CCAR AND THE HATE CRIME STATISTICS
During the year 2001, members of CCAR met with Police Chief Ken Robertson on several occasions. (Please see the section on the non-Ebola scare.) These meetings were facilitated by the-then civilian officer in charge of Community Relations, Jane Mulkewich.
Members of CCAR were concerned by the growing boldness of the white supremacist Heritage Front at the time and the resultant increase in hate crimes. Thanks to the help of Ms. Mulkewich, the Hamilton Police Service Board decided for the first time to release the hate crimes statistics to the public on an annual basis. Police Chief Robertson chose CCAR as the community organization to which to release the stats. It has now become a tradition for the Board to release the figures to the public first through CCAR. And so this year, the statistics for 2002 were released to the public at CCAR’s Annual General Meeting on January 29, 2003.
Here are some highlights:
- For the three months following Sept 11, 2001, the rate of reported hate crimes in Hamilton increased sixfold.
- For 2002, the rate of hate crimes remained high (98), almost double the rate for 2000 (though the format of reporting is slightly different.)
- Police estimate that only one in ten hate crimes are reported.
- The group against whom the most hate crimes are committed is consistently the black community.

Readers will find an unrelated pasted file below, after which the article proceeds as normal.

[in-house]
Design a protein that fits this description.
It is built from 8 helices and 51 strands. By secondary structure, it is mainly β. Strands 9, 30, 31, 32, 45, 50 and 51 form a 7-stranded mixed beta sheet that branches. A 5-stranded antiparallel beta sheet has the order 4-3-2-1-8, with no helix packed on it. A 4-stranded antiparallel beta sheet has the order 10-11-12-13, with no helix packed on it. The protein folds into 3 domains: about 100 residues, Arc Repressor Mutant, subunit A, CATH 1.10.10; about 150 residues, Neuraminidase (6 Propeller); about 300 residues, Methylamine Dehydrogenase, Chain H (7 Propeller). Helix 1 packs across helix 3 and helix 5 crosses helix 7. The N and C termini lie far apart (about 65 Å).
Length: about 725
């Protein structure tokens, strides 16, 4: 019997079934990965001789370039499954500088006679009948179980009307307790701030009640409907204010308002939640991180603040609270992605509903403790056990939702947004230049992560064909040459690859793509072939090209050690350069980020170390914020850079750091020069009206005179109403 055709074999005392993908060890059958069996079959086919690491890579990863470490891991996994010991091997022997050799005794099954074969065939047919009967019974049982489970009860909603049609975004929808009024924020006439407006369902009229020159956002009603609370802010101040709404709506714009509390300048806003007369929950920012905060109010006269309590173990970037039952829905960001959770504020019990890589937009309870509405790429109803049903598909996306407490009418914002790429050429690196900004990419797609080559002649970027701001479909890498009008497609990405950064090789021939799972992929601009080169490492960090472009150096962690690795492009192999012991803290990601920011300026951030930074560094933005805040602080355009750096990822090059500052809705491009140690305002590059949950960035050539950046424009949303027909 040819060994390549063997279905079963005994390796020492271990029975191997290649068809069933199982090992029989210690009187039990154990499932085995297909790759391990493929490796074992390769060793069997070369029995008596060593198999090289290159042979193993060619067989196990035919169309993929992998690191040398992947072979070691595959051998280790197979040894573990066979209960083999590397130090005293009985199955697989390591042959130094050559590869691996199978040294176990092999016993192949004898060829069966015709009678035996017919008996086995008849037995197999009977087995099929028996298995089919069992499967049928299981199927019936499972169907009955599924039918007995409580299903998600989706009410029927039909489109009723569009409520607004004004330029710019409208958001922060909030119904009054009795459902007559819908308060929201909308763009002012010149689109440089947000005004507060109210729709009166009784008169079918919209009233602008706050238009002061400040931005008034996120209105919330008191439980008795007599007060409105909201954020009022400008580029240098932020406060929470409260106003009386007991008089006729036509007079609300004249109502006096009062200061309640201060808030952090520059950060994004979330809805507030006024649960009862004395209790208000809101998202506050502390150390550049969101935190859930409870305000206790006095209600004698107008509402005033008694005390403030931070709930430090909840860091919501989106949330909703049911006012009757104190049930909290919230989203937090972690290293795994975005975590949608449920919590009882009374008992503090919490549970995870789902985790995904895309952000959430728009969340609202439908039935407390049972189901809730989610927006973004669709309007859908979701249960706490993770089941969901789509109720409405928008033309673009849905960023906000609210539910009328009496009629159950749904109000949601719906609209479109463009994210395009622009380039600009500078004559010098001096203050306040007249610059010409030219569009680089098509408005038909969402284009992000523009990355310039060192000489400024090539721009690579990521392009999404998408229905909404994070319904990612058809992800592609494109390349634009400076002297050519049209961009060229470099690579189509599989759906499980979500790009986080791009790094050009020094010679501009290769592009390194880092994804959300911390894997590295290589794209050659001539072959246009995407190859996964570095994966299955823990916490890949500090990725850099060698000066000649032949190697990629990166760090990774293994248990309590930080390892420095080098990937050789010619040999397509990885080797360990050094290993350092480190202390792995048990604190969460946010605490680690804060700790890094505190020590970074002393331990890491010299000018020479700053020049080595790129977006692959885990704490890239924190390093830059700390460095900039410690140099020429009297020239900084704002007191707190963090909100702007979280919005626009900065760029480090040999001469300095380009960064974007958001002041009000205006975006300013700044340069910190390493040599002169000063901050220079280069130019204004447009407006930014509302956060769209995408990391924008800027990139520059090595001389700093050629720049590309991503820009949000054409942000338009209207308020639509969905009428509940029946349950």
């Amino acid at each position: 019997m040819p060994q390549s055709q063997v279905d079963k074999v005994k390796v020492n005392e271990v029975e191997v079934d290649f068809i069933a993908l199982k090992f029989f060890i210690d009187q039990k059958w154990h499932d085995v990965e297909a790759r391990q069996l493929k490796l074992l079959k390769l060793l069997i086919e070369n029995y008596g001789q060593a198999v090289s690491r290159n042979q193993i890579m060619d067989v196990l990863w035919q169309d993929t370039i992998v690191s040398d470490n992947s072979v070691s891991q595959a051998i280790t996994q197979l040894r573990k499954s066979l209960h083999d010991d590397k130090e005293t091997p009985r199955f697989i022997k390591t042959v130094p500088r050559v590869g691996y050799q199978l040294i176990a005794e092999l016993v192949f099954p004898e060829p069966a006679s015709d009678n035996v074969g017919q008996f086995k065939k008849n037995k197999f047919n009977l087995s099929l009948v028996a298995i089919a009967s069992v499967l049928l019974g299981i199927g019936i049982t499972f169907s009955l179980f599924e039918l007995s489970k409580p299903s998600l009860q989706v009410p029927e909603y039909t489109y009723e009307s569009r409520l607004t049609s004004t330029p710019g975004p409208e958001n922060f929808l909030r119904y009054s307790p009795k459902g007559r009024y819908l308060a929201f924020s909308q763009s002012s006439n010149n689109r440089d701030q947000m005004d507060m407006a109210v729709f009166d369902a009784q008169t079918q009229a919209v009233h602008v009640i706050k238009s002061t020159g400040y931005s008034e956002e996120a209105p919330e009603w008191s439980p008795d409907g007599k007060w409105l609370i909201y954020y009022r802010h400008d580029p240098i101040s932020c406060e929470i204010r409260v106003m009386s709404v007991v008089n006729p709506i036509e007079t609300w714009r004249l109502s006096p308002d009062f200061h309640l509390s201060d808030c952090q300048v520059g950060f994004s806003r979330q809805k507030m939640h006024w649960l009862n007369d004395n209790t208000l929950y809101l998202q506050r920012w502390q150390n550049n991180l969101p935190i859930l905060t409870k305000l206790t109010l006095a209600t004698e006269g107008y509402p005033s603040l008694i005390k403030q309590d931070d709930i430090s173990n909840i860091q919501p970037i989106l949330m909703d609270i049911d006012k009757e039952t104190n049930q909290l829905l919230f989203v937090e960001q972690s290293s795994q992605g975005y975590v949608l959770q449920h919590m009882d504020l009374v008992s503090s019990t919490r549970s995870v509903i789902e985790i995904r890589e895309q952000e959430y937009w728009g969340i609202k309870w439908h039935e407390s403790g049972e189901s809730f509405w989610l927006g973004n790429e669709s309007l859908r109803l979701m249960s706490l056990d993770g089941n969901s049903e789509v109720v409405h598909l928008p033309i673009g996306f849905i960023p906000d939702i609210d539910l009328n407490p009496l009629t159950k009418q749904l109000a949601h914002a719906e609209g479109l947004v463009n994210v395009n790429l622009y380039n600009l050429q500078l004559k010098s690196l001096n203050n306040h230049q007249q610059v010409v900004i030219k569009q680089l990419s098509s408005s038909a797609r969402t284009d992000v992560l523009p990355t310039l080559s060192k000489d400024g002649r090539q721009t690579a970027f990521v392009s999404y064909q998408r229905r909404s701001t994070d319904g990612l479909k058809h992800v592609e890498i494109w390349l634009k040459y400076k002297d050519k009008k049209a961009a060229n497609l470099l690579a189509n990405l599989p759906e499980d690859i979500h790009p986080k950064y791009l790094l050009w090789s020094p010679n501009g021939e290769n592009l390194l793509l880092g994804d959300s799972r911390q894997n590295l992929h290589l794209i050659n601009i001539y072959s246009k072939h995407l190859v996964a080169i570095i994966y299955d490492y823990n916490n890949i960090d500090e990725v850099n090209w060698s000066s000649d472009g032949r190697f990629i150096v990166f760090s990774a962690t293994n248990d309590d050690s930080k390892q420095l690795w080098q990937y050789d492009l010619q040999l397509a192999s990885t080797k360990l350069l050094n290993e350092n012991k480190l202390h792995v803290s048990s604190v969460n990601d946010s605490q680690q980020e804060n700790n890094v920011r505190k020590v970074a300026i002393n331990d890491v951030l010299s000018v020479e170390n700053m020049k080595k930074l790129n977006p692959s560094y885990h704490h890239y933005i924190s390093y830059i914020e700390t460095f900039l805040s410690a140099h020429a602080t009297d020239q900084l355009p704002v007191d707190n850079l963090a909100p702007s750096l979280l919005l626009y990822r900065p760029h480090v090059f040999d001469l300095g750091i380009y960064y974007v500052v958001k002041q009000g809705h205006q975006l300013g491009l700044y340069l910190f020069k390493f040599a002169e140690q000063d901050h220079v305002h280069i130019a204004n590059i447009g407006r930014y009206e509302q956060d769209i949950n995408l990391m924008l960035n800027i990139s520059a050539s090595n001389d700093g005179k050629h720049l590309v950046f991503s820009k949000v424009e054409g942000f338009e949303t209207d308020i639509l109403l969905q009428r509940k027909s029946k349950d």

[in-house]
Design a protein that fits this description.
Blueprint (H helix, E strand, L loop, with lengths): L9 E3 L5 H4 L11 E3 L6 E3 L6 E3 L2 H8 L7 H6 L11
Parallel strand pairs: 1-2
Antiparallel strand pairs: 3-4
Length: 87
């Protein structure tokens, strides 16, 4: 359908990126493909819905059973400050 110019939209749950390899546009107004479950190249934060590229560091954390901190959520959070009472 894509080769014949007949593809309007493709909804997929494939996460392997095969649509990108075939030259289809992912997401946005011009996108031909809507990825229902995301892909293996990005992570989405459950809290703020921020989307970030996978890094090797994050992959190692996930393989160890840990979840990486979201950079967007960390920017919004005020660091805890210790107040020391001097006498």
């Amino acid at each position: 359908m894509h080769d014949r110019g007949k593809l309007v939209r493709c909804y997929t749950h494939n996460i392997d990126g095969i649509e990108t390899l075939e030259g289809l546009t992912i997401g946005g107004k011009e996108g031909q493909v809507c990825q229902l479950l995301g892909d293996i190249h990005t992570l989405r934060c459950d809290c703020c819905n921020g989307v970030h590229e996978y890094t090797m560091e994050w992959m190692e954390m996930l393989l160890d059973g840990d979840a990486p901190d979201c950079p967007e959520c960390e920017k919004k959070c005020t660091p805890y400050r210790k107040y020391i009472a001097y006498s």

CCAR strongly encourages everyone who is subject to a hate crime or who witnesses one to call 911 at once to report it. Unless hate crimes are reported, certain political leaders will try to deny that racism exists in our community and will try to deny the community the resources to fight it. After Sept 11, 2001, the police responded to pressure from CCAR and other sections of the community to increase the hate crimes unit from one part-time officer to five full-time officers. Currently in February 2003, only one officer is dedicated to this work full-time. However, the police have promised to be flexible and to increase the size of this unit should events (like an attack on Iraq) warrant it.
Hate crimes are usually committed by strangers to the victim. For this reason, the police do not have a high rate of success in bringing perpetrators to justice. For instance, no one has yet been charged in the spectacular cases of the arson at the Hindu Samaj Temple, the assault at the Corktown Tavern, or the disturbances at the Hamilton Mosque (immediately after September 1, 2001.) For this reason, CCAR is soliciting funding from various sources to try to establish one or more $1000 rewards for information leading to the arrest and conviction of anyone committing a hate crime in Hamilton.